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  1. Preface
  2. Students and the System
    1. 1 American Government and Civic Engagement
      1. Introduction
      2. 1.1 What is Government?
      3. 1.2 Who Governs? Elitism, Pluralism, and Tradeoffs
      4. 1.3 Engagement in a Democracy
      5. Key Terms
      6. Summary
      7. Review Questions
      8. Critical Thinking Questions
      9. Suggestions for Further Study
    2. 2 The Constitution and Its Origins
      1. Introduction
      2. 2.1 The Pre-Revolutionary Period and the Roots of the American Political Tradition
      3. 2.2 The Articles of Confederation
      4. 2.3 The Development of the Constitution
      5. 2.4 The Ratification of the Constitution
      6. 2.5 Constitutional Change
      7. Key Terms
      8. Summary
      9. Review Questions
      10. Critical Thinking Questions
      11. Suggestions for Further Study
    3. 3 American Federalism
      1. Introduction
      2. 3.1 The Division of Powers
      3. 3.2 The Evolution of American Federalism
      4. 3.3 Intergovernmental Relationships
      5. 3.4 Competitive Federalism Today
      6. 3.5 Advantages and Disadvantages of Federalism
      7. Key Terms
      8. Summary
      9. Review Questions
      10. Critical Thinking Questions
      11. Suggestions for Further Study
  3. Individual Agency and Action
    1. 4 Civil Liberties
      1. Introduction
      2. 4.1 What Are Civil Liberties?
      3. 4.2 Securing Basic Freedoms
      4. 4.3 The Rights of Suspects
      5. 4.4 Interpreting the Bill of Rights
      6. Key Terms
      7. Summary
      8. Review Questions
      9. Critical Thinking Questions
      10. Suggestions for Further Study
    2. 5 Civil Rights
      1. Introduction
      2. 5.1 What Are Civil Rights and How Do We Identify Them?
      3. 5.2 The African American Struggle for Equality
      4. 5.3 The Fight for Women’s Rights
      5. 5.4 Civil Rights for Indigenous Groups: Native Americans, Alaskans, and Hawaiians
      6. 5.5 Equal Protection for Other Groups
      7. Key Terms
      8. Summary
      9. Review Questions
      10. Critical Thinking Questions
      11. Suggestions for Further Study
    3. 6 The Politics of Public Opinion
      1. Introduction
      2. 6.1 The Nature of Public Opinion
      3. 6.2 How Is Public Opinion Measured?
      4. 6.3 What Does the Public Think?
      5. 6.4 The Effects of Public Opinion
      6. Key Terms
      7. Summary
      8. Review Questions
      9. Critical Thinking Questions
      10. Suggestions for Further Study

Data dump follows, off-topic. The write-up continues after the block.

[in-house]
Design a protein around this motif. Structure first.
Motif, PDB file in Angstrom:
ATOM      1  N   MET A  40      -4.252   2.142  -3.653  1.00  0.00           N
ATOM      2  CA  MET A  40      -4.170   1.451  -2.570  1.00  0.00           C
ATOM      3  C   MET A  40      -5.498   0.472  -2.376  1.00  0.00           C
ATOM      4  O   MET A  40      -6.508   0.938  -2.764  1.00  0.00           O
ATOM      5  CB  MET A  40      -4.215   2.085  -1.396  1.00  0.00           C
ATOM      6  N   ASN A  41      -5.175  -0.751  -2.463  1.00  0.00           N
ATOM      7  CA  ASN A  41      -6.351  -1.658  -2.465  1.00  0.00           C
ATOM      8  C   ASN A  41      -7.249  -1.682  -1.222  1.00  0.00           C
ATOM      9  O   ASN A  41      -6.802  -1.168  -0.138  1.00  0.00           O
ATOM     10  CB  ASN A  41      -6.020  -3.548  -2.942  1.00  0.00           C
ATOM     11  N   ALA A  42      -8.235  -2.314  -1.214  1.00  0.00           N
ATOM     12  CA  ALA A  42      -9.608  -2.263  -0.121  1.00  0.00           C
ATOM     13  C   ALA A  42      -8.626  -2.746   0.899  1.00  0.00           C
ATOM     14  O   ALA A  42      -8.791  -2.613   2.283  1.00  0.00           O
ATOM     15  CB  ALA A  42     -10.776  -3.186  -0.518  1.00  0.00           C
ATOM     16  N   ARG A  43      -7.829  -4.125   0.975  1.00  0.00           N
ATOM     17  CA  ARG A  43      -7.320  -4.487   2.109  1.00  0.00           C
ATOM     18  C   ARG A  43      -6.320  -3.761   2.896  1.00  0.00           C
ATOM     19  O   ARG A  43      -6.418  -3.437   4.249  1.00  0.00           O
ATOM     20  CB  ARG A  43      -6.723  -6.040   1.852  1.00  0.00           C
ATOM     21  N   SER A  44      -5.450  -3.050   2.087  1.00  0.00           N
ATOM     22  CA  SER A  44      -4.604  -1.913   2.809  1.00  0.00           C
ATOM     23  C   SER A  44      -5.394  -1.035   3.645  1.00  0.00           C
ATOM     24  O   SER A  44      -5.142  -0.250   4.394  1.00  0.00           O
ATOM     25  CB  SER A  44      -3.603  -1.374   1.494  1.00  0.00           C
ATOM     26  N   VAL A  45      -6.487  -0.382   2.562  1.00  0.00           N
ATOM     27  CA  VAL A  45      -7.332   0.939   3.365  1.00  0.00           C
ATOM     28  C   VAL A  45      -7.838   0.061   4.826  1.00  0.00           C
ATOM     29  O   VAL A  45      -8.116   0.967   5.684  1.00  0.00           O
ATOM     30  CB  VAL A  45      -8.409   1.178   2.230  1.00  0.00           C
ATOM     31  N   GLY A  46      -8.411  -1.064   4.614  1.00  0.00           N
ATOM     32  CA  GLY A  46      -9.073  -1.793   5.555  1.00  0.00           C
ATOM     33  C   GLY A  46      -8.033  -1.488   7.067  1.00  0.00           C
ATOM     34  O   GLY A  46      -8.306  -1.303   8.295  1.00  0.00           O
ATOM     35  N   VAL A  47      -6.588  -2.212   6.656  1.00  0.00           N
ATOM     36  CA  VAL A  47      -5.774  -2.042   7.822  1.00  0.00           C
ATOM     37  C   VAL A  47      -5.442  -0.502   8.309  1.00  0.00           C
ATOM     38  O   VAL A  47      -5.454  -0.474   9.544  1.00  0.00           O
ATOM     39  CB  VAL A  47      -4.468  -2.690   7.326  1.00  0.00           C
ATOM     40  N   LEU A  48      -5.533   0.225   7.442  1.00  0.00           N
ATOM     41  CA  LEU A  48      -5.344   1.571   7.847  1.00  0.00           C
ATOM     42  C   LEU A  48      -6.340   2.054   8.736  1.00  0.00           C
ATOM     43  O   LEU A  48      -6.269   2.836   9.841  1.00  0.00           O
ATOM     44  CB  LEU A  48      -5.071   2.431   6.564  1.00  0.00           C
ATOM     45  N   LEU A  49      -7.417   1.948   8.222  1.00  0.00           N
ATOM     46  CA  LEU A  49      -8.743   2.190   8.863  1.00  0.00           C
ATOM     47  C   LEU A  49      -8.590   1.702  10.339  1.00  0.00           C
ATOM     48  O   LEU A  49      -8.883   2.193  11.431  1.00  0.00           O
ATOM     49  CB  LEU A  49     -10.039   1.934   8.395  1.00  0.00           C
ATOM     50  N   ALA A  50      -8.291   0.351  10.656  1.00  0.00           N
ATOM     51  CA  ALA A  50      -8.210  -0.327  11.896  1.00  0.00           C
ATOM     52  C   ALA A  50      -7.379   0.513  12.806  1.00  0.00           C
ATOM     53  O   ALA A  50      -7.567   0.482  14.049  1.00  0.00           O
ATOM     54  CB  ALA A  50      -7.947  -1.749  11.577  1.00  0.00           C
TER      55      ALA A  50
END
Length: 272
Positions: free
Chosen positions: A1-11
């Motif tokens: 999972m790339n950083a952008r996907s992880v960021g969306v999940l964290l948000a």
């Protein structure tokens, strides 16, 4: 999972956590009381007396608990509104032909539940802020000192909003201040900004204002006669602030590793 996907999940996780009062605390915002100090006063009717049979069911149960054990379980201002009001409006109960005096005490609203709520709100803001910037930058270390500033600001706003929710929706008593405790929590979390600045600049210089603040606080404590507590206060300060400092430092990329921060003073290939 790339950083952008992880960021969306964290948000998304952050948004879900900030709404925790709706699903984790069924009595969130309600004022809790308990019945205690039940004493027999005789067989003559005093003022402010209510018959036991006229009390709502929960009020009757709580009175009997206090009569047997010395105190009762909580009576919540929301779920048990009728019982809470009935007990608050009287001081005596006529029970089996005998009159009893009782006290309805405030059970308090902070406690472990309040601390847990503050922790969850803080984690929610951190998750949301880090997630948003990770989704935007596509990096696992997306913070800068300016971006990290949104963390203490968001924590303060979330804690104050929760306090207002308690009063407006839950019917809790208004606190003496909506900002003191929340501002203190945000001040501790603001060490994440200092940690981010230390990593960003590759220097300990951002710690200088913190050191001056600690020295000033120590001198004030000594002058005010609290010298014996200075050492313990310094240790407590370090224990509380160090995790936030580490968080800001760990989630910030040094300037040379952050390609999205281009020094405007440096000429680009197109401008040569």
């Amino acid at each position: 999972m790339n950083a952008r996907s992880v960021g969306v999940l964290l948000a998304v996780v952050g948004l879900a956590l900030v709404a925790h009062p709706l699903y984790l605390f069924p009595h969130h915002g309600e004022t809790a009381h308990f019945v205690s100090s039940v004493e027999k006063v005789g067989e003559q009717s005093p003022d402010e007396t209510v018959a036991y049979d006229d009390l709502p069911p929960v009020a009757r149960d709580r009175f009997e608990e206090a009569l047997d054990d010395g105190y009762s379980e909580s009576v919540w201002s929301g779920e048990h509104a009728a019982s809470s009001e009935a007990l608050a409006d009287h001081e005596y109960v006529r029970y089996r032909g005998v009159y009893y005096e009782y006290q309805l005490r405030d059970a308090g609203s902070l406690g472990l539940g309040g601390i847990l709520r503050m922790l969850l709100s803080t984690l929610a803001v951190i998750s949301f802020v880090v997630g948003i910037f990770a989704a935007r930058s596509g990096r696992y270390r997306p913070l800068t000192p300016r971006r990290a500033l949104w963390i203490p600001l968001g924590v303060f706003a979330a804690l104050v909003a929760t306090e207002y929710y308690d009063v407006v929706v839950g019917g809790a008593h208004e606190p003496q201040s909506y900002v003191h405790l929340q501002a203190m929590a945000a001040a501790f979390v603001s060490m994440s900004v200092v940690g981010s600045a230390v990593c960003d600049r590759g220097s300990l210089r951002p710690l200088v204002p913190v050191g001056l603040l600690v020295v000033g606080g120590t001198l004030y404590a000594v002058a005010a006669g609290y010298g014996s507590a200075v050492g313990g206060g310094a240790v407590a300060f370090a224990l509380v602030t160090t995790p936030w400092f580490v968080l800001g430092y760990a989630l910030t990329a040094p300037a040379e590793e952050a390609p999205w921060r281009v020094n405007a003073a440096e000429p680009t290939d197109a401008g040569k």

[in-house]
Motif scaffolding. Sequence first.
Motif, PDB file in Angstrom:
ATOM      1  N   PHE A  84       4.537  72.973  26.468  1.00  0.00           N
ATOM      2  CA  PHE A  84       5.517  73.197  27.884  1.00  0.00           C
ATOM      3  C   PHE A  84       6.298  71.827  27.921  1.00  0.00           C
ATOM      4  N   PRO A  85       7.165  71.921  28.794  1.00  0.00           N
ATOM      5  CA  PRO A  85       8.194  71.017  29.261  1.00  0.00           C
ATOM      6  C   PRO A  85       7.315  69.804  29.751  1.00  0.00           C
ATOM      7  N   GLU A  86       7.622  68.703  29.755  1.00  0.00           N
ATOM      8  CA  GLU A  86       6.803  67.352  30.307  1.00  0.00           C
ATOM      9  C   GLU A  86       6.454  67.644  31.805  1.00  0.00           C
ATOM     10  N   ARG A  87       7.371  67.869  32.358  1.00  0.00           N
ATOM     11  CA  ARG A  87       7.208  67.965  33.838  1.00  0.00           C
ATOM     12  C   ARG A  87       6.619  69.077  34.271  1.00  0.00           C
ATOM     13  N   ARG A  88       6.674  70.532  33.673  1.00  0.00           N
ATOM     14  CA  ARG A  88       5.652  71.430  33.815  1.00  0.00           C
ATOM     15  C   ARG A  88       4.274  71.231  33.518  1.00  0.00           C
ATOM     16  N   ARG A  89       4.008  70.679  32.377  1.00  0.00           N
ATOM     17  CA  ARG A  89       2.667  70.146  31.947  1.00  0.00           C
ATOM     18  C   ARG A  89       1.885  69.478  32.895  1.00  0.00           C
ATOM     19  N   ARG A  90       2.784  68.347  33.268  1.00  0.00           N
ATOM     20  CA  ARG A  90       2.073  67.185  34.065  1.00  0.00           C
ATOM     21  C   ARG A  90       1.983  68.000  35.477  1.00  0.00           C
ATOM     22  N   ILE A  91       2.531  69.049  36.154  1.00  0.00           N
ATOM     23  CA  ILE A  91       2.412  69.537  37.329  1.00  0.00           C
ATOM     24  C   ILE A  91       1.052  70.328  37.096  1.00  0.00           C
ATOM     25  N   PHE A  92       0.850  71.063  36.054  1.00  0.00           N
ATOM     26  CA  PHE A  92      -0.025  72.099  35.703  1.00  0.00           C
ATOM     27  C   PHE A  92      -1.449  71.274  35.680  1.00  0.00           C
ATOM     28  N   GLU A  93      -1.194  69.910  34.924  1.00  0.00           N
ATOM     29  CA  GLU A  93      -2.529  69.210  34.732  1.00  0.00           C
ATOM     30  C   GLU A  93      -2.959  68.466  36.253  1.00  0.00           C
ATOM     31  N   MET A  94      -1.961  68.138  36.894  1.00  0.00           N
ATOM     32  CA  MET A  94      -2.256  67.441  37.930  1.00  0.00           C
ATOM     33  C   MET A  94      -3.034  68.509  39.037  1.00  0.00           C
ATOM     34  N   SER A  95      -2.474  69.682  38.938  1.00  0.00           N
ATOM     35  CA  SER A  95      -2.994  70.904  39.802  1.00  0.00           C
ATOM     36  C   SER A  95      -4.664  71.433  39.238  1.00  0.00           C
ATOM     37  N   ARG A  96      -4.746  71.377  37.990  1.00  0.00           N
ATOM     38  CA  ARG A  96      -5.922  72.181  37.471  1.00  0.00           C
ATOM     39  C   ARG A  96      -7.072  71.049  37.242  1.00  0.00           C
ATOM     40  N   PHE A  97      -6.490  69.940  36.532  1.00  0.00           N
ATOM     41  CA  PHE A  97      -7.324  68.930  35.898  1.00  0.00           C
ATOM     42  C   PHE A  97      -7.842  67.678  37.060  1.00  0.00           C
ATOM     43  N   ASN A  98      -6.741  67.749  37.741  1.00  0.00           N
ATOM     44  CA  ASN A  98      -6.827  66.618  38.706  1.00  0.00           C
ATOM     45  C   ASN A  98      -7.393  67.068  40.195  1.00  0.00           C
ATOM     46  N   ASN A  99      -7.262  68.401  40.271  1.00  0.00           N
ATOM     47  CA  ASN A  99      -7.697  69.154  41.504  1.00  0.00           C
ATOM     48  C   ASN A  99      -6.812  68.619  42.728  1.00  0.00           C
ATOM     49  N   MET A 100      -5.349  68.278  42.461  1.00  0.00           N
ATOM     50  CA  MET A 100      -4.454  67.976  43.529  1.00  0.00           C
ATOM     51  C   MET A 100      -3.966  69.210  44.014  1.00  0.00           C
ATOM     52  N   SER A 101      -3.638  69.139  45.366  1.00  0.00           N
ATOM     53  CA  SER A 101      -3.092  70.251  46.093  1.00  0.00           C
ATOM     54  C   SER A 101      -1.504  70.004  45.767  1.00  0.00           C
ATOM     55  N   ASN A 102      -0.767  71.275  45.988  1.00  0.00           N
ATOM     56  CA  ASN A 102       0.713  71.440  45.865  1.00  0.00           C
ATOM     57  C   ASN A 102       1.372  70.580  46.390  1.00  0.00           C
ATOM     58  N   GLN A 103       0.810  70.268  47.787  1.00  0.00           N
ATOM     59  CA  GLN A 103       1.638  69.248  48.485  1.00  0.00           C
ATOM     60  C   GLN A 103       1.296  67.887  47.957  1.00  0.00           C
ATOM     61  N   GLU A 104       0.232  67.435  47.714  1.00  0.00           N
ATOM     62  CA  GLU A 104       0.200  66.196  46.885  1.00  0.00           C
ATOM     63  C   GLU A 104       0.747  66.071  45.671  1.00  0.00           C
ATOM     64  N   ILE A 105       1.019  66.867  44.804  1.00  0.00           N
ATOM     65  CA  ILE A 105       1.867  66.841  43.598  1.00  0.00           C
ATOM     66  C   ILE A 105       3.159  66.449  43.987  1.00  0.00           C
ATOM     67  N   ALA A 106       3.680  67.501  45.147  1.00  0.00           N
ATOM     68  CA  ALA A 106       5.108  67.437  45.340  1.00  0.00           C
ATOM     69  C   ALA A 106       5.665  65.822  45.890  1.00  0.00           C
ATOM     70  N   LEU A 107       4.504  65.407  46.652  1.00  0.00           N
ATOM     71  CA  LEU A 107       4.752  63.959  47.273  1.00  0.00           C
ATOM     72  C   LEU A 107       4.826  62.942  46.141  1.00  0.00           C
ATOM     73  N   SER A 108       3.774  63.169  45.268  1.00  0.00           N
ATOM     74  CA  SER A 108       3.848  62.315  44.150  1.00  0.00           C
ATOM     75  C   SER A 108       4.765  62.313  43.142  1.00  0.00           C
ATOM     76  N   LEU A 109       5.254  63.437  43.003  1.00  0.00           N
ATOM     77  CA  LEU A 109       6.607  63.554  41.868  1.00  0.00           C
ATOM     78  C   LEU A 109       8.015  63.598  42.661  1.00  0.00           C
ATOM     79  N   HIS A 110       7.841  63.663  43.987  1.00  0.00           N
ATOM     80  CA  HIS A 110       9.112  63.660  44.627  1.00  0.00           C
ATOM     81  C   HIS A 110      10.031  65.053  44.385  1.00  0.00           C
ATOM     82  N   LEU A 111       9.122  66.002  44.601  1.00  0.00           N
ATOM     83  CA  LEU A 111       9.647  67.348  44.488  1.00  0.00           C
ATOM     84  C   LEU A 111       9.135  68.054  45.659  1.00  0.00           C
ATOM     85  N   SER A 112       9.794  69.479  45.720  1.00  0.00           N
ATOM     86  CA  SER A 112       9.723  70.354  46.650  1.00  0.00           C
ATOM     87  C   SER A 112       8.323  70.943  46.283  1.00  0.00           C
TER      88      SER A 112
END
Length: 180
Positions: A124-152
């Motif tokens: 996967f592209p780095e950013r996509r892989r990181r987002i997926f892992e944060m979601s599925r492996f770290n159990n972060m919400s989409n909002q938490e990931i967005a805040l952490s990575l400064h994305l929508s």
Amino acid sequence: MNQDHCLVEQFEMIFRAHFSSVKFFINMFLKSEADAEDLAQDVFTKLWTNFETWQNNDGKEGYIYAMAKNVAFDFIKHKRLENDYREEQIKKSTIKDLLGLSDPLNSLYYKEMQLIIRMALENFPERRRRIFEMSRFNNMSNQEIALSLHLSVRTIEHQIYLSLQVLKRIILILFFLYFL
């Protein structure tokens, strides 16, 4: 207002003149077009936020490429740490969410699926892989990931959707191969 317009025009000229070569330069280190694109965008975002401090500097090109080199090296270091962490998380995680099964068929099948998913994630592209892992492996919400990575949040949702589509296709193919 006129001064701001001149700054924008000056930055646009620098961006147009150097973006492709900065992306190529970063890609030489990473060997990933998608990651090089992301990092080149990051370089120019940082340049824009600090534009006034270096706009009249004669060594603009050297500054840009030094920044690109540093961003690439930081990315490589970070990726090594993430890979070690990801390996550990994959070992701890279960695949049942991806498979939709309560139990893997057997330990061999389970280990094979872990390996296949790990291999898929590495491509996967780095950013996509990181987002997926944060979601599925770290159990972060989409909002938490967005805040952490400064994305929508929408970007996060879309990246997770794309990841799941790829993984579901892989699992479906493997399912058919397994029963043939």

4. 7 Voting and Elections
      1. Introduction
      2. 7.1 Voter Registration
      3. 7.2 Voter Turnout
      4. 7.3 Elections
      5. 7.4 Campaigns and Voting
      6. 7.5 Direct Democracy
      7. Key Terms
      8. Summary
      9. Review Questions
      10. Critical Thinking Questions
      11. Suggestions for Further Study
  4. Toward Collective Action: Mediating Institutions
    1. 8 The Media
      1. Introduction
      2. 8.1 What Is the Media?
      3. 8.2 The Evolution of the Media
      4. 8.3 Regulating the Media
      5. 8.4 The Impact of the Media
      6. Key Terms
      7. Summary
      8. Review Questions
      9. Critical Thinking Questions
      10. Suggestions for Further Study
    2. 9 Political Parties
      1. Introduction
      2. 9.1 What Are Parties and How Did They Form?
      3. 9.2 The Two-Party System
      4. 9.3 The Shape of Modern Political Parties
      5. 9.4 Divided Government and Partisan Polarization
      6. Key Terms
      7. Summary
      8. Review Questions
      9. Critical Thinking Questions
      10. Suggestions for Further Study
    3. 10 Interest Groups and Lobbying
      1. Introduction
      2. 10.1 Interest Groups Defined
      3. 10.2 Collective Action and Interest Group Formation
      4. 10.3 Interest Groups as Political Participation
      5. 10.4 Pathways of Interest Group Influence
      6. 10.5 Free Speech and the Regulation of Interest Groups
      7. Key Terms
      8. Summary
      9. Review Questions
      10. Critical Thinking Questions
      11. Suggestions for Further Study
  5. Delivering Collective Action: Formal Institutions
    1. 11 Congress
      1. Introduction
      2. 11.1 The Institutional Design of Congress
      3. 11.2 Congressional Elections